The incident led Munro, then an aide to Gov. Dan Evans, to craft his first lawsuit to protect orcas. Taking the state’s game department to court, Munro sprung the orcas from holding tanks and wrestled an agreement from SeaWorld to never apply for a whale hunting permit in Washington again.

In 1983, the federal government followed suit, invalidating SeaWorld’s permits to capture 100 whales off the Alaska coast.

The cause

Environmental groups are calling the latest lawsuit and the Dec. 16 proposal for endangered species designation immense victories for orcas, and ut couldn’t come at a better time, said Susan Berta of Orca Network, a group that tracks orca movements in Puget Sound.

A combination of declining food sources and the absorption of harmful chemicals has resulted in an alarming rate of orca deaths in the last 10 years, with 20 percent of the southern resident population disappearing since 1995.

Now with just 84 orcas, Berta said ESA designation could boost efforts to save salmon – the whales’ primary food source – and tackle the harmful effects of polychlorinated biphenyls (PCBs) prevalent in Puget Sound waters.

“These two things are creating a double whammy effect,” she said. “When they’re not getting enough to eat they draw upon their blubber reserves, which is where PCBs and other toxins are stored.”

Typically in the form of a stable, oily liquid, PCBs found wide-spread use in the 1930s as a coolant for electrical transformers and capacitors.

The chemical was also used in a variety of industrial products, including insecticides, varnishes and paints. In orcas, the chemical causes reproductive problems and destroys immune systems.

PCBs were banned in the United States in 1976, but toxic levels of the resilient chemical remain in the sound, cycling through the food chain for generations.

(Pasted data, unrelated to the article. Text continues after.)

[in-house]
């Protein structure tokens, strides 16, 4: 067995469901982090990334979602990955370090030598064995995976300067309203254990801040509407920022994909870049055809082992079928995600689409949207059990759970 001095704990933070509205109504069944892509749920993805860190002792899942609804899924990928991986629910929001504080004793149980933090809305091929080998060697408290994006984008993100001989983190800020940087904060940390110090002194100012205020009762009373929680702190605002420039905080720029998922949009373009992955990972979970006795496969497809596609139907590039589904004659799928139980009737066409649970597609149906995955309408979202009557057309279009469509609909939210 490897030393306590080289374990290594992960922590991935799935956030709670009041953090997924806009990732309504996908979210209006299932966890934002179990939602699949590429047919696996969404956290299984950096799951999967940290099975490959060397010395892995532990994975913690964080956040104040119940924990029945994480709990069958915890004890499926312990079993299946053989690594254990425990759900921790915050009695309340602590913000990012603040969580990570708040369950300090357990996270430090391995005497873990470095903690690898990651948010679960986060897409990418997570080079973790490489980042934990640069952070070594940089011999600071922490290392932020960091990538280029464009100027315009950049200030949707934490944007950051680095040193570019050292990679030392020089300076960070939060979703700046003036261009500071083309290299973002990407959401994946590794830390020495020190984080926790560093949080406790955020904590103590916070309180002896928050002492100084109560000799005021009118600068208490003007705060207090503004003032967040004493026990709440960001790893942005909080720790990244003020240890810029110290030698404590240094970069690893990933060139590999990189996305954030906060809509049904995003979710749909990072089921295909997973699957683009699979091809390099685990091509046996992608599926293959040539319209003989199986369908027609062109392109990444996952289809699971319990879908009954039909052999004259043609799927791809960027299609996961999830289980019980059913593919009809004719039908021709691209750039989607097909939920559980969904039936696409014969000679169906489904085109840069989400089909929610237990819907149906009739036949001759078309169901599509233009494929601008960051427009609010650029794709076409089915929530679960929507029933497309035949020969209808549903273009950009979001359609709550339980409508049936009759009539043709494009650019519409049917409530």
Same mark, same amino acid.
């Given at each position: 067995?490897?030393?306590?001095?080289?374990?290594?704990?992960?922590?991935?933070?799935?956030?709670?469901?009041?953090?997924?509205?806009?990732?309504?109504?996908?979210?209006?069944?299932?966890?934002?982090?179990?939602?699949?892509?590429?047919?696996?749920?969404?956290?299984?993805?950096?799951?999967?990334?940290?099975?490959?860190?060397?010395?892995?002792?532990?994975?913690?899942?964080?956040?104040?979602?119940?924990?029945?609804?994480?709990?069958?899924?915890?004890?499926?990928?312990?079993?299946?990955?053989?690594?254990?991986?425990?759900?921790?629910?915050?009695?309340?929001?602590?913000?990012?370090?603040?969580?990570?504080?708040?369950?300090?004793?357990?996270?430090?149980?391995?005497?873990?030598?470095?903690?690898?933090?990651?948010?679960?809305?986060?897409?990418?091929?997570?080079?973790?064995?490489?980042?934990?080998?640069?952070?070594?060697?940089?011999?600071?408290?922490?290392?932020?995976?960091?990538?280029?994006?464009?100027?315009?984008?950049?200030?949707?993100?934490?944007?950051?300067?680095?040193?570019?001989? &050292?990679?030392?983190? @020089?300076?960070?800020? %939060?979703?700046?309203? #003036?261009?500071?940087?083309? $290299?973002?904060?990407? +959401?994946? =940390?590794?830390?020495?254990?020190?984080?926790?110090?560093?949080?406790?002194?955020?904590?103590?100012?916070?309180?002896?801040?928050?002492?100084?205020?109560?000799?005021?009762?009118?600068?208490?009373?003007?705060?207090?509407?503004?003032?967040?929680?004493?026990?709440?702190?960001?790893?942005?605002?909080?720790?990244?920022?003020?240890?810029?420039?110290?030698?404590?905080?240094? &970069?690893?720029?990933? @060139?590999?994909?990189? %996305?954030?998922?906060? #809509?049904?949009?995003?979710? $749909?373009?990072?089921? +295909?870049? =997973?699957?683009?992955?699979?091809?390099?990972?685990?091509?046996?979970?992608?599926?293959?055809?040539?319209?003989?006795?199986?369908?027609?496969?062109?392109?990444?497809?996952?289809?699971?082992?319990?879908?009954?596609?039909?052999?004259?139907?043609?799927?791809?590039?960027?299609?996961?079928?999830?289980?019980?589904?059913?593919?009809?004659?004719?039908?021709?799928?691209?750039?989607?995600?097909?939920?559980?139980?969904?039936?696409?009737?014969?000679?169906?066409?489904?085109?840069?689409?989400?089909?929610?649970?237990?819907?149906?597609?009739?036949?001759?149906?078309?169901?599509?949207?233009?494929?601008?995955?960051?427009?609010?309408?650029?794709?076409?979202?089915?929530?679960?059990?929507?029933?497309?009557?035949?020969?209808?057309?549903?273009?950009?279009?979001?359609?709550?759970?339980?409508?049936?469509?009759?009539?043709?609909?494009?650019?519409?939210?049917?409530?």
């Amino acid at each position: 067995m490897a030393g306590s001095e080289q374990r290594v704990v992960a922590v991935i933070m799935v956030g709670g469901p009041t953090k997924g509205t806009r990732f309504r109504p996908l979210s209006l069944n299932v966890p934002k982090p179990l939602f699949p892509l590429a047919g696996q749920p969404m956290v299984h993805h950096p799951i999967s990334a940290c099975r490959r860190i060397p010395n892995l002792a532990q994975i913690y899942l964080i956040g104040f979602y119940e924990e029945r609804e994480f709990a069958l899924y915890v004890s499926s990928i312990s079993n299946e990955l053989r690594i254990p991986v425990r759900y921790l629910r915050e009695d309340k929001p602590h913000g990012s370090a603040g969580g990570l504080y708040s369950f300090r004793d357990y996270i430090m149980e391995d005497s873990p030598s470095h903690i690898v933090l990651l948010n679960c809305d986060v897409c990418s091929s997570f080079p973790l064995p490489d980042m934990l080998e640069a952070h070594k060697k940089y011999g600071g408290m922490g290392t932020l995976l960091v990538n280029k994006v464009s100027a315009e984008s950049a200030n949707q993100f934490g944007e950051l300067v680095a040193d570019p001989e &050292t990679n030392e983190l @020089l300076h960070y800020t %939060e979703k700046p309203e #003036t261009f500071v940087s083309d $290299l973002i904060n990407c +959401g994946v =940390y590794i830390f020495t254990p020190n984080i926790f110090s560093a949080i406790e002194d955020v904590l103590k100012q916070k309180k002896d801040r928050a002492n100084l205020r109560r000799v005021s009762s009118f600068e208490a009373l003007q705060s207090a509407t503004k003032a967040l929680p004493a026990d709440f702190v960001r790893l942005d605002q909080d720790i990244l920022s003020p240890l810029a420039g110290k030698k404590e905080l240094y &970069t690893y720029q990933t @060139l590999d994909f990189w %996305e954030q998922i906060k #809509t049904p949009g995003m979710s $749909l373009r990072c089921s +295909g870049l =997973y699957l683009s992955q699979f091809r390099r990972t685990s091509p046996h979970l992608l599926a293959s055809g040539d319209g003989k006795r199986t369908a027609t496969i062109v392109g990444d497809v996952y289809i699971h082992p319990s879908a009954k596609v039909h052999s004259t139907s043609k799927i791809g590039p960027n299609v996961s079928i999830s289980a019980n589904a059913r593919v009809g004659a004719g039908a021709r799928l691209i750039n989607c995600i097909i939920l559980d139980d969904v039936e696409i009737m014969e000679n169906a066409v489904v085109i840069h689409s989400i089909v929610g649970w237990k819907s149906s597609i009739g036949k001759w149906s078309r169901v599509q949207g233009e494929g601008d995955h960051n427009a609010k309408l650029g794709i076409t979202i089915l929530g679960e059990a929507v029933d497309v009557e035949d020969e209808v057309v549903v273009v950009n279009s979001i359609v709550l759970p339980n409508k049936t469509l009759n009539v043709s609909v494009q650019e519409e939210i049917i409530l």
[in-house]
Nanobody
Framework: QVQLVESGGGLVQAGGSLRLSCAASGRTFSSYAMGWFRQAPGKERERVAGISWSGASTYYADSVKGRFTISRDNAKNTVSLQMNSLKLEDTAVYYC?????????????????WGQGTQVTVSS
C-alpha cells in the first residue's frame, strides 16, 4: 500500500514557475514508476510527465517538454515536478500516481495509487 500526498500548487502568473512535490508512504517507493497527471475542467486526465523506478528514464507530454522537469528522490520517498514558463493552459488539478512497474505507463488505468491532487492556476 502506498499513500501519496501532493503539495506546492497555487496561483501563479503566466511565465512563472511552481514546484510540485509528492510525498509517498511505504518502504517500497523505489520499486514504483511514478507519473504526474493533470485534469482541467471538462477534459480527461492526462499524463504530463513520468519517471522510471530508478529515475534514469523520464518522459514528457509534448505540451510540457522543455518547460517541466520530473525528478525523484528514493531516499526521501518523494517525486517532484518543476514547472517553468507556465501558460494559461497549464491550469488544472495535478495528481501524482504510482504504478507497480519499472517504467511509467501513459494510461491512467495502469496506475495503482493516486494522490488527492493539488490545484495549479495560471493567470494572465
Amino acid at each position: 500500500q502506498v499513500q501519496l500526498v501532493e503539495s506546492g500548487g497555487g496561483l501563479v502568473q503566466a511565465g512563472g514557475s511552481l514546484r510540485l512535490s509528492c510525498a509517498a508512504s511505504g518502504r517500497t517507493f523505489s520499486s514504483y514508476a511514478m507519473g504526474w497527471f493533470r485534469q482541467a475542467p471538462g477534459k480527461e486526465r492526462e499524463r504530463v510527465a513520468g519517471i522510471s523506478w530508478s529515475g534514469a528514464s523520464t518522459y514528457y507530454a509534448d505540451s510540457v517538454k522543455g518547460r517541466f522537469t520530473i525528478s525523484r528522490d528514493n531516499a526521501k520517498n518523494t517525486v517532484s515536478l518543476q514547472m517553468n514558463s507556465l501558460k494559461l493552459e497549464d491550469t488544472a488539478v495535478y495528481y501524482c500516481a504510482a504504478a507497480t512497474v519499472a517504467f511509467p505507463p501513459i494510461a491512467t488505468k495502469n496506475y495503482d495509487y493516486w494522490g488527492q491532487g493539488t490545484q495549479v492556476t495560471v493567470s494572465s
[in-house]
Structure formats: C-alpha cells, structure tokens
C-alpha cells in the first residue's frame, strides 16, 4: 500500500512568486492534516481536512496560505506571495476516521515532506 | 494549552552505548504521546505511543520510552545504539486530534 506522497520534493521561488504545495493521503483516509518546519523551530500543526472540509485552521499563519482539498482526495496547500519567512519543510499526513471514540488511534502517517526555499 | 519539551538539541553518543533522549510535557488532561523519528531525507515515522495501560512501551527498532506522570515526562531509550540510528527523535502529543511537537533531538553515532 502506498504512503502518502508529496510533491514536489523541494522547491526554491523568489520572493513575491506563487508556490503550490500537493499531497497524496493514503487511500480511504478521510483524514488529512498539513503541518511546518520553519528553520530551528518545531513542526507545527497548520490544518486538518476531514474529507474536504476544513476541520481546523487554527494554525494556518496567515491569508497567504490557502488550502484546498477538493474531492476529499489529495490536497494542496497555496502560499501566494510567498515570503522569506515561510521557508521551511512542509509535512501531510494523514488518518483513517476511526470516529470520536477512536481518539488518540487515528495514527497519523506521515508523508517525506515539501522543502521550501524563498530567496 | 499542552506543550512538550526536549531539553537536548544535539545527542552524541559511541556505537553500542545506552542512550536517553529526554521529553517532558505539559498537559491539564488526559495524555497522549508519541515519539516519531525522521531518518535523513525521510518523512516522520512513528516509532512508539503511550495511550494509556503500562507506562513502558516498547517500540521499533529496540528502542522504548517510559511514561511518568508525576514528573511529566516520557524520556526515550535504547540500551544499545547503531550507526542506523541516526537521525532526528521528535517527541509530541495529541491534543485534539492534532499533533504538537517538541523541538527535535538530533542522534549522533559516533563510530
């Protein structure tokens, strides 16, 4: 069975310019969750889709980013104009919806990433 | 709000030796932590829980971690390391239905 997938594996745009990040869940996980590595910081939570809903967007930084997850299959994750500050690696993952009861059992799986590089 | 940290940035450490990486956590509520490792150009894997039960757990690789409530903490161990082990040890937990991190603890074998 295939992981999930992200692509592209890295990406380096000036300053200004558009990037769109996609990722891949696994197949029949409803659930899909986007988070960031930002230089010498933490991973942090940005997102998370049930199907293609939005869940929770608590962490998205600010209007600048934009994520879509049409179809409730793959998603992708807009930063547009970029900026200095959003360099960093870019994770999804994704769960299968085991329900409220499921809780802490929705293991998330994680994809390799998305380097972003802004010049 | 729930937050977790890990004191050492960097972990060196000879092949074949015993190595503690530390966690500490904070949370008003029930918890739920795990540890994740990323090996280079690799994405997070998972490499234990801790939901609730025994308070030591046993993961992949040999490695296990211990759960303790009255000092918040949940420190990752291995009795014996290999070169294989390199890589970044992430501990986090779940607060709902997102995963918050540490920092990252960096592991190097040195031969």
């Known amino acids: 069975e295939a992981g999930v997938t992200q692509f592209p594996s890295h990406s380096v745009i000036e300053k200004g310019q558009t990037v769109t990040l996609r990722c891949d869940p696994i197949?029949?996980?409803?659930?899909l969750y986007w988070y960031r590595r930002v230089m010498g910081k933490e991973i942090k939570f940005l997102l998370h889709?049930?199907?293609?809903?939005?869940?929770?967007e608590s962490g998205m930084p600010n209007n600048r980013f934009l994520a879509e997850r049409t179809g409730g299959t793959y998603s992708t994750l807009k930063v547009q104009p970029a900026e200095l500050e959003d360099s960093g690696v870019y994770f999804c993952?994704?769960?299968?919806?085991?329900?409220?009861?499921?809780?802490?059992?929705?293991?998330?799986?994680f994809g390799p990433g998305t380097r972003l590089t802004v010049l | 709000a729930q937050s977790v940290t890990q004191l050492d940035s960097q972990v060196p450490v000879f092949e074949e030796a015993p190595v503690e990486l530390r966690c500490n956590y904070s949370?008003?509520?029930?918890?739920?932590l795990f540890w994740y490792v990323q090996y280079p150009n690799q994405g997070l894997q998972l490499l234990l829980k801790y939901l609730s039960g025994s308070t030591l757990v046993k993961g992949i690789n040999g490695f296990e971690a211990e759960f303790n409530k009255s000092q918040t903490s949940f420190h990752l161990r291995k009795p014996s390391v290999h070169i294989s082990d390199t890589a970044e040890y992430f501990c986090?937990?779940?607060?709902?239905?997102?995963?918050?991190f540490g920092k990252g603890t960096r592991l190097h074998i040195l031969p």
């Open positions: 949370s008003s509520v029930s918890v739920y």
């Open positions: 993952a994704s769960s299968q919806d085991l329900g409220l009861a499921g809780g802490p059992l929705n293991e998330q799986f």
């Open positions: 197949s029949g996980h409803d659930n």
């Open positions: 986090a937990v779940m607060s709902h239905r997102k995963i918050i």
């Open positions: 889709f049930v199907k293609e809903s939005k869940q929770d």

“It’s in the salmon orcas eat and their babies are born with it,” she said. “It doesn’t degrade. It’s around forever.”

While PCB levels at 8 to 10 parts per million are considered toxic for humans, male southern resident orcas average almost 150. This level is three times as high as orca populations that ply the Pacific between Vancouver Island and Alaska.

All marine mammals are highly susceptible to PCB toxification due to their bodies’ high fat composition. In 2002, a female orca was found dead off the Olympic Peninsula loaded with 1,000 ppm of the toxin.

“It astounded scientists,” she said. “They had to re-calibrate their instruments to measure it.”

While Berta hopes new protections will boost the cleanup of contaminated sites and sediments, invoking the ESA to protect salmon could be the key factor in ensuring the whale’s survival.

Unlike transient orcas that typically hunt marine mamals alone in the open ocean, Southern Residents depend on a cooperative “pod” to chase a nearly exclusive diet of salmon.

But dammed rivers, disappearing shore habitats and chemical runoff from cars and fertilizers have hit salmon hard.